An unbiased example of privacy-respectful infrastructure without anonymity can be the Signal platform, which is one of the most numerically successful examples of communication that respects their users through end-to-end encryption (that is, with users fully owning the keys to their messages). Anonymity is not preserved per se, since phone numbers are associated to profiles for transparency reasons and to avoid spam and malicious activity, or, as in every P2P encrypted chat platform, the IP addresses of both ends of a call are presumably known to each other.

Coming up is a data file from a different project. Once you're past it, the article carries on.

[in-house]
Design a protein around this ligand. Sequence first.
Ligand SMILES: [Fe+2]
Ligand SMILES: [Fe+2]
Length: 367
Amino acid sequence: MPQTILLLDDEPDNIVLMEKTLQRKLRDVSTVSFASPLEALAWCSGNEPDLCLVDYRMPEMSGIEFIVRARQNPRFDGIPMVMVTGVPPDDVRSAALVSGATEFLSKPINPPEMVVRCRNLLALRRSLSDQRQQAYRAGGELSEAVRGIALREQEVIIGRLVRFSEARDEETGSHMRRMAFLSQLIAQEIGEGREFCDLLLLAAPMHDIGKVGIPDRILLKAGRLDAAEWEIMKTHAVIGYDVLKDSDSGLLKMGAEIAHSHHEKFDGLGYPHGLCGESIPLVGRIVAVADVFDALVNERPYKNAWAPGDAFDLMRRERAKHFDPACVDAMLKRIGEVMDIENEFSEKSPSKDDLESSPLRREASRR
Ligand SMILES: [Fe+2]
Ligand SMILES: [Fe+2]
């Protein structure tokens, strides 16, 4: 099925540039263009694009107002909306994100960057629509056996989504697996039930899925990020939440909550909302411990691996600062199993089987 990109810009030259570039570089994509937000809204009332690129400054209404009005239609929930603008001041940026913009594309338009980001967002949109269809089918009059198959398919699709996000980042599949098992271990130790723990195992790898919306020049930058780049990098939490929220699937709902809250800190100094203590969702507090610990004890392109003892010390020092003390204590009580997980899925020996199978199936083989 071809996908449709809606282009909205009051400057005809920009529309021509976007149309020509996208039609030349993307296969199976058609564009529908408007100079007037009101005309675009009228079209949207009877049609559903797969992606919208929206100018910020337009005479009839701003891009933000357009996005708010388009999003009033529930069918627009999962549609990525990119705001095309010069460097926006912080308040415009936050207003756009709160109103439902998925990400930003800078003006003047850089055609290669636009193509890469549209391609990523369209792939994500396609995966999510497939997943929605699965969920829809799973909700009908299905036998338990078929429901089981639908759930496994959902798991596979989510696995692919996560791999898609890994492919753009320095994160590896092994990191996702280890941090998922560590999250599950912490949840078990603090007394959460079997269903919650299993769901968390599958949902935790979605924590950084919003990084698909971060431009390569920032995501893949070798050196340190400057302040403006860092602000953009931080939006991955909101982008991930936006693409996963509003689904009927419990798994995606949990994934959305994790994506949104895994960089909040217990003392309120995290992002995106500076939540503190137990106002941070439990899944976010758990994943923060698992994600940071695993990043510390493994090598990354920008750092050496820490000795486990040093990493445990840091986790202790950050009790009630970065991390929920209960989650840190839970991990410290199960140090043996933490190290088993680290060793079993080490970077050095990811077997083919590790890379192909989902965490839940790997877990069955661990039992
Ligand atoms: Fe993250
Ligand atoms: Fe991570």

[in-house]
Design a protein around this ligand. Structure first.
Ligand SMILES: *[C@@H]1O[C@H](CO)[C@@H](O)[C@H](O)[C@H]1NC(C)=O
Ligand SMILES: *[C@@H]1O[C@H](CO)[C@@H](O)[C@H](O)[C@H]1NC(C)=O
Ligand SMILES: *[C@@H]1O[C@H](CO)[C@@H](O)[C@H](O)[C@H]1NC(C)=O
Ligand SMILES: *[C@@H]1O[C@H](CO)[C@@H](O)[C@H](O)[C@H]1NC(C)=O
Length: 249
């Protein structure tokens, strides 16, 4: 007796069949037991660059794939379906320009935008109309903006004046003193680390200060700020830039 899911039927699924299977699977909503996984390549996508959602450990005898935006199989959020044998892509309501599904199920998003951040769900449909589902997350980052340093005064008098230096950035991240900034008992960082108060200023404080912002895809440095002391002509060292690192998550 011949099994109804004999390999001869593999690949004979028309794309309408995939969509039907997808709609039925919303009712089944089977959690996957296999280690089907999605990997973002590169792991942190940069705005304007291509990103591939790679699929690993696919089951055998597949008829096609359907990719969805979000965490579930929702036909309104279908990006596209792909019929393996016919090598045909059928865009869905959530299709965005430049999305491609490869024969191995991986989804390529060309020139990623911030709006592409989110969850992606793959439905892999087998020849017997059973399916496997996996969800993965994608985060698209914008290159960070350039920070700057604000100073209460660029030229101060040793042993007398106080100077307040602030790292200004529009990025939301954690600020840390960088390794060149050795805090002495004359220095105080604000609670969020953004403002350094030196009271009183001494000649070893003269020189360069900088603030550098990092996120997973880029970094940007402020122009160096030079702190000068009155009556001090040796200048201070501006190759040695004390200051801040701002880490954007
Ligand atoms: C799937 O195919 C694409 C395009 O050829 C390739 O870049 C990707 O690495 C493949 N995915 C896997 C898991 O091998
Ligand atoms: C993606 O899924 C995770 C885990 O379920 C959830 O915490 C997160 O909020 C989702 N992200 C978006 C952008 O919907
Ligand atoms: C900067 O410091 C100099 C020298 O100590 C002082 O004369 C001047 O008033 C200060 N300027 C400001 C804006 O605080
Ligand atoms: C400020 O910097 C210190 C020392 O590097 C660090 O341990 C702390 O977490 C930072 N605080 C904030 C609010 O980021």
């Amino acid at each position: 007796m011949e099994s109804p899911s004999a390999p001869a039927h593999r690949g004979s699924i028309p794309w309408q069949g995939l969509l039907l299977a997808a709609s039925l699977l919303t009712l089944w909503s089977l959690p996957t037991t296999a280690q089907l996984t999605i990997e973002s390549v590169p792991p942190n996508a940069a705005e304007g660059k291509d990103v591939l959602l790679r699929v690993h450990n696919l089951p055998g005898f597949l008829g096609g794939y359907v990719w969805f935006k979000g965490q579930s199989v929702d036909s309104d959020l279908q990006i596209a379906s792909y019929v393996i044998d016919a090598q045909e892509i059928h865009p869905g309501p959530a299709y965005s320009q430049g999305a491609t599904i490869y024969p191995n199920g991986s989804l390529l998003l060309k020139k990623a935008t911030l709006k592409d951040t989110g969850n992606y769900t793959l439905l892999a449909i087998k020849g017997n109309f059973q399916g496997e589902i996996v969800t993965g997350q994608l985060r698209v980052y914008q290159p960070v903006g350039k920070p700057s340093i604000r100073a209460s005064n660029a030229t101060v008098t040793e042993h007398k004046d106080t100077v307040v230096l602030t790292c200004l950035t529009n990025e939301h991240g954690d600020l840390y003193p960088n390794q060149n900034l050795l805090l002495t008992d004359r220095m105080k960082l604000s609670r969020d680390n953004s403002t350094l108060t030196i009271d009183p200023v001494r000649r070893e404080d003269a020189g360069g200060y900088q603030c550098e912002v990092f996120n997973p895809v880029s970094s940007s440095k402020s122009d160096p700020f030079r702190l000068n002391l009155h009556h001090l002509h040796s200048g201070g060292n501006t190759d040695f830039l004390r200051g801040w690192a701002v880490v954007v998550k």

On the other hands, if we were to kick a hornet's nest, platforms like Telegram seem to follow an almost opposite philosophy. While this may seem like a bold claim, usernames, internal IDs and phone numbers are associated in internal databases in clear, in potentially known associations to the internal company, and most of the communication (with the exception of the not-default-enabled, and borderline impractical, Secret Chats) is stored almost unencrypted on the company servers. Yet Telegram is known as one of the main platforms by privacy-conscious users, for a very simple reason: their company has always denied, for the sake of users' privacy, to reveal the contents of the databases to law enforcements or third parties yet. Almost all of its data is clear, internal associations and analysis could be made, or this could be accessed at any time. Yet the company promises to keep them secret, and succeeded at doing so in all these years. The same goes for most Apple services, who also promise privacy in spite of not implementing end-to-end cryptography on most of those, and so being "trusted keepers" of sensitive data rather than external and agnostic carriers of "sealed letters" as in the case of Signal, most Matrix or TOR nodes among others.